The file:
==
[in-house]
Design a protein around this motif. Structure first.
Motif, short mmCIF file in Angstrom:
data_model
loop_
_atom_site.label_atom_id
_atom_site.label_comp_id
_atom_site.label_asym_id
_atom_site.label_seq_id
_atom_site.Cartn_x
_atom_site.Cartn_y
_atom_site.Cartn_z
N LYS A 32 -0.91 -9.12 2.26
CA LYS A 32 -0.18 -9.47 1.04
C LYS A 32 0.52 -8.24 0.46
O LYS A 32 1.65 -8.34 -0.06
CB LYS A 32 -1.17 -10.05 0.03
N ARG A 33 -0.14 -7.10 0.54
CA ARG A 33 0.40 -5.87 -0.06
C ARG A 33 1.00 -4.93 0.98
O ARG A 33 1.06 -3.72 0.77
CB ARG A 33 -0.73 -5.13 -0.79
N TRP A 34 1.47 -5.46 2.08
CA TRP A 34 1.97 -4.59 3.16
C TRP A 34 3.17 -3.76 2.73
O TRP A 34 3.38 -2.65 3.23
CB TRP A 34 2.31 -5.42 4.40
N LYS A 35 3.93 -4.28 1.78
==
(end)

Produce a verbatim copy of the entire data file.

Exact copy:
[in-house]
Design a protein around this motif. Structure first.
Motif, short mmCIF file in Angstrom:
data_model
loop_
_atom_site.label_atom_id
_atom_site.label_comp_id
_atom_site.label_asym_id
_atom_site.label_seq_id
_atom_site.Cartn_x
_atom_site.Cartn_y
_atom_site.Cartn_z
N LYS A 32 -0.91 -9.12 2.26
CA LYS A 32 -0.18 -9.47 1.04
C LYS A 32 0.52 -8.24 0.46
O LYS A 32 1.65 -8.34 -0.06
CB LYS A 32 -1.17 -10.05 0.03
N ARG A 33 -0.14 -7.10 0.54
CA ARG A 33 0.40 -5.87 -0.06
C ARG A 33 1.00 -4.93 0.98
O ARG A 33 1.06 -3.72 0.77
CB ARG A 33 -0.73 -5.13 -0.79
N TRP A 34 1.47 -5.46 2.08
CA TRP A 34 1.97 -4.59 3.16
C TRP A 34 3.17 -3.76 2.73
O TRP A 34 3.38 -2.65 3.23
CB TRP A 34 2.31 -5.42 4.40
N LYS A 35 3.93 -4.28 1.78